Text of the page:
Aka ‘The Continued Adventures of Someone From Video Compositing Land Trying To Get By Inside The Quartz Kingdom’…
Earlier Quartz Wrestling delivered a splitscreen effect which took any clip playing in VDMX, and replicated it 9 times to provide something like a video-wall. It also customised a few of the Quartz based VDMX transitions, and identified a new range of problems when creating in Quartz. After some more noodling, and helpful tips from both Dan Winckler and Joris de Jong (hybridvisuals.nl), I managed to solve some of these problems, and custom build an effect I’d wanted (attached below).
1. How to select a custom anchor point in Quartz, for rotating an image or video?
The idea here was to be able to generate rotations from a corner, or from create arcs of rotation, with the rotation centre being far below the image. None of the various Quartz patches I could find seemed to have an ability to adjust an anchor point.
The solution? “Reposition the clip so what you’d like to be the anchor point is in the center of the screen, then place it inside a 3D transformation patch, and use the rotation Z property of that patch to rotate it.” (via Joris)
Understanding three dimensional space is best done when you have at least a slithery grasp of 2D first, and it took me a while to figure out why the width of a quartz patch always seemed to fill the screen when it had a value of 2.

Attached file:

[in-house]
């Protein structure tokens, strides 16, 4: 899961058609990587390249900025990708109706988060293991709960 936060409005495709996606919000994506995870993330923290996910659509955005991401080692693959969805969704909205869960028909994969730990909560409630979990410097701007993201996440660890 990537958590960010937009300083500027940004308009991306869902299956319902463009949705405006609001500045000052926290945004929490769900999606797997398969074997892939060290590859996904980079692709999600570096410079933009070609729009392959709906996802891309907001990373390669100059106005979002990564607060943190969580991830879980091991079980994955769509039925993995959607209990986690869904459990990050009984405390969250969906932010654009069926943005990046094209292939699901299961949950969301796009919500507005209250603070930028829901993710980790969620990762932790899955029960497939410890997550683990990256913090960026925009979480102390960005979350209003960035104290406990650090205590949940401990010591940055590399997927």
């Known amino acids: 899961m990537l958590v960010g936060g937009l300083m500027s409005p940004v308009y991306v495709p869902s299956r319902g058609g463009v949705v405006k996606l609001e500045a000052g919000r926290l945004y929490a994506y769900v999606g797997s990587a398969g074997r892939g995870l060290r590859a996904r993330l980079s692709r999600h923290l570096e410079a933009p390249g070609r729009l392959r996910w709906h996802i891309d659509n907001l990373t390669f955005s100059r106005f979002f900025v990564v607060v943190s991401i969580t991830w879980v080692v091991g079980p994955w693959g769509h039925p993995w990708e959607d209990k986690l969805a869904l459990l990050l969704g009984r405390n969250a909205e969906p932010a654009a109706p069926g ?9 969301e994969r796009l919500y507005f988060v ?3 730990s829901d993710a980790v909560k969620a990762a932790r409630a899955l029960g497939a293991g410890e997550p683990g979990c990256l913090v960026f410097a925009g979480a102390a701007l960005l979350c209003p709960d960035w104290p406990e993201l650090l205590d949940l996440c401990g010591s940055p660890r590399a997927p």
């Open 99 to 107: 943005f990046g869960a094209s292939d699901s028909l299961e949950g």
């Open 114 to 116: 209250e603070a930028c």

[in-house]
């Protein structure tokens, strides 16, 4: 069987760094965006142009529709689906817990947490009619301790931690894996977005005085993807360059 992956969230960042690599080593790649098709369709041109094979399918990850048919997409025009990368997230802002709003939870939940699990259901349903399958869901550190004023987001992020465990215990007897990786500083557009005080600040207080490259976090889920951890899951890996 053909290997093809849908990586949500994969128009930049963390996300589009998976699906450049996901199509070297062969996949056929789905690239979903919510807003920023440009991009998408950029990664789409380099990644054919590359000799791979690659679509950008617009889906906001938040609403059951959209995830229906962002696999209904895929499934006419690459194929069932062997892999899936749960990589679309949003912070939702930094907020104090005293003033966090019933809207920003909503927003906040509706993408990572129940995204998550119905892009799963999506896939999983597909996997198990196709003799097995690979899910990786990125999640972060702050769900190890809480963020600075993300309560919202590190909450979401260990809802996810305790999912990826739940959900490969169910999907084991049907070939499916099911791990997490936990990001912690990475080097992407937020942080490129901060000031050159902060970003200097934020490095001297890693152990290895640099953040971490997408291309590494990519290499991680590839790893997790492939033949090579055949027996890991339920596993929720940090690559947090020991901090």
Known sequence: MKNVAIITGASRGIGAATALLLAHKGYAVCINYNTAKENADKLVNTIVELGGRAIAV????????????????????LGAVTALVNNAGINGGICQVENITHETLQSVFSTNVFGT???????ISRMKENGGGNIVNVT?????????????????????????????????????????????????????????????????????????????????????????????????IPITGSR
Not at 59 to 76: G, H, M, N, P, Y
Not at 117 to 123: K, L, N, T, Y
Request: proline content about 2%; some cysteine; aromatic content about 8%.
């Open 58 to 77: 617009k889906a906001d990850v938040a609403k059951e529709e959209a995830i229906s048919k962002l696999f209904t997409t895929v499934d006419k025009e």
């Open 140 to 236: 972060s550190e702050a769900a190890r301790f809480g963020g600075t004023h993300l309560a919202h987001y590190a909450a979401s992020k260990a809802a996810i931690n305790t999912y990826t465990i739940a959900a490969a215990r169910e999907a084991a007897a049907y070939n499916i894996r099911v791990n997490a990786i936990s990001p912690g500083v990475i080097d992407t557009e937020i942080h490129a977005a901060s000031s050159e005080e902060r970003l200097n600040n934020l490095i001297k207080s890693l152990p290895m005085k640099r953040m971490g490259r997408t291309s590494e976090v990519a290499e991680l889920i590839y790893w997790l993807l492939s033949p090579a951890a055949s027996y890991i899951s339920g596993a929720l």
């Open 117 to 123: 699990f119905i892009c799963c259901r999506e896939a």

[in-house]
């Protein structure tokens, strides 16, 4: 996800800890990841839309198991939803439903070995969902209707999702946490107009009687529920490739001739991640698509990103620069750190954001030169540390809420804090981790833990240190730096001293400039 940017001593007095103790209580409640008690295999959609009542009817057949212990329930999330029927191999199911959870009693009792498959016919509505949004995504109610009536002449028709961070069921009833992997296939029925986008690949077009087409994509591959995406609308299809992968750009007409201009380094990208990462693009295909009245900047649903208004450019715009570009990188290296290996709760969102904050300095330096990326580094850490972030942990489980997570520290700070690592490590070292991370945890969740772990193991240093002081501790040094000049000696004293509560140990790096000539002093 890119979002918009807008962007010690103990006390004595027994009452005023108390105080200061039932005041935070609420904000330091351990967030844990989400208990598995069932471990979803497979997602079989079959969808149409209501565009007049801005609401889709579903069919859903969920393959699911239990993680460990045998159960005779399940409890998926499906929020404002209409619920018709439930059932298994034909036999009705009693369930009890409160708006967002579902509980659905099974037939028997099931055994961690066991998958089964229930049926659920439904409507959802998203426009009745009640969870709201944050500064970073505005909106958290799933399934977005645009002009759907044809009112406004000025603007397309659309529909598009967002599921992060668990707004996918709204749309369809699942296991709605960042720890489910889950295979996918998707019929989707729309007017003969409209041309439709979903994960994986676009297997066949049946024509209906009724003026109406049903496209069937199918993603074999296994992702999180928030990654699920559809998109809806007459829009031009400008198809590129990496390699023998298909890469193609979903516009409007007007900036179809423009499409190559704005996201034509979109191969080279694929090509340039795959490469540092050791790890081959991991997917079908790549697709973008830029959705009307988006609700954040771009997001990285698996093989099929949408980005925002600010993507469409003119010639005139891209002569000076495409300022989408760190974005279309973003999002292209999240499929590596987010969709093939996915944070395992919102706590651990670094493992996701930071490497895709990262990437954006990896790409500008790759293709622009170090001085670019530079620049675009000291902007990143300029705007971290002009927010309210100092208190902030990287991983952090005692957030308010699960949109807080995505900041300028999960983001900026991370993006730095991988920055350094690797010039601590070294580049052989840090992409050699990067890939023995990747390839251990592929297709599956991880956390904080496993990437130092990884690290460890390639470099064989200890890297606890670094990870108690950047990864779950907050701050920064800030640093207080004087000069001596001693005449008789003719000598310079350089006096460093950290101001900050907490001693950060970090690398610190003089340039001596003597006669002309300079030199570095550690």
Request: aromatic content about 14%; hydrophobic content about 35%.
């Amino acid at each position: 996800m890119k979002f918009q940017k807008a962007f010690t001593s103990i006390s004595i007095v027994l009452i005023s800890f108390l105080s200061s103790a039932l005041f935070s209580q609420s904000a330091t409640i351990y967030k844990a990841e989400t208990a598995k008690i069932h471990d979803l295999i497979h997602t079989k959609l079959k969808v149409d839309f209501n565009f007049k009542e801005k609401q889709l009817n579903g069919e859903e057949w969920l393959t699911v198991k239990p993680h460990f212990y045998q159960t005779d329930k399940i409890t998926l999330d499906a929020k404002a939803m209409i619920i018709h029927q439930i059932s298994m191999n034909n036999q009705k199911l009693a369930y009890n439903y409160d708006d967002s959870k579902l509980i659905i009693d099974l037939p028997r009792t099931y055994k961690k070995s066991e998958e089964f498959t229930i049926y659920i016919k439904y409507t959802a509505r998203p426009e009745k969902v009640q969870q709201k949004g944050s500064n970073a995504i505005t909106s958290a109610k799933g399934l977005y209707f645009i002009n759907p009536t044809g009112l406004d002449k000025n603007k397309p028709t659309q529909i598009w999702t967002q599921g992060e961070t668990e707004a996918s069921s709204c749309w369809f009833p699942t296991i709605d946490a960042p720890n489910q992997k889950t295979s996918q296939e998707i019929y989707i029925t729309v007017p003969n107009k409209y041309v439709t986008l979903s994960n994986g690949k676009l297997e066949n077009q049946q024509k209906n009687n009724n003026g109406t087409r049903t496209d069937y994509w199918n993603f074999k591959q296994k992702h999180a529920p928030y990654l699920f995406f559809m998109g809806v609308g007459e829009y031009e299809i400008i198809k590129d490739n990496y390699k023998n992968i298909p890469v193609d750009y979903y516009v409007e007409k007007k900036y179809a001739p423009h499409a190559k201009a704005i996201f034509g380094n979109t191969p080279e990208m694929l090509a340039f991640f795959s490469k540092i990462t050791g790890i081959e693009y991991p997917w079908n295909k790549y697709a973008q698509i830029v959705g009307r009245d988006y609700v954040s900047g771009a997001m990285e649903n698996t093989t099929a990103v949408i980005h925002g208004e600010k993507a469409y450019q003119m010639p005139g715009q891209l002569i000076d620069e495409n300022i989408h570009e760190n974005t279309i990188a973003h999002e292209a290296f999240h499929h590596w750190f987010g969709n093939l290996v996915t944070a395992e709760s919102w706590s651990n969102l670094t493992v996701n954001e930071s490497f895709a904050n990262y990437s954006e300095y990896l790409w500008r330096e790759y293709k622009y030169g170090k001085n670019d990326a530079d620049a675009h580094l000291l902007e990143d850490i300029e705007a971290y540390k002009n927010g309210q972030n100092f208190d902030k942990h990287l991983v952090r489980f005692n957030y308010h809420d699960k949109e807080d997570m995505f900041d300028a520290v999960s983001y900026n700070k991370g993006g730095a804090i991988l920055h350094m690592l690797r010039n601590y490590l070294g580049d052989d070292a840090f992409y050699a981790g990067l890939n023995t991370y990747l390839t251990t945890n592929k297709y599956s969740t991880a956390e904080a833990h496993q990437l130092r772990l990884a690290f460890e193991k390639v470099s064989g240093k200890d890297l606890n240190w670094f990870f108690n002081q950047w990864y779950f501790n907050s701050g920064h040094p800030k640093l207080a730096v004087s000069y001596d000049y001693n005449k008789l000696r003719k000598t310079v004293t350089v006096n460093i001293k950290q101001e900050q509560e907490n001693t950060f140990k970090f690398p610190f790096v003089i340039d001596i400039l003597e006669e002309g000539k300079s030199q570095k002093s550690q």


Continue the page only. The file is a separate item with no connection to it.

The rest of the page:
Welcome to the Quartz Composer coordinate system:
The width of a Quartz Screen is always 2, because Quartz treats the centre as 0, and gives the left and right borders of the screen the coordinates of
+1.0. The coordinates of the top and bottom borders depend on the screen aspect ratio (AR). In the case of a 4:3 aspect ratio, the values at the borders are
+1.0 / AR = +0.75 and
–1.0 / AR = –0.75. ( From the Quartz Guide written by Apple’s basement dwelling engineers. See also: Quartz Composer User Guide (PDF))
Ok. So rotating a video and changing the anchor point.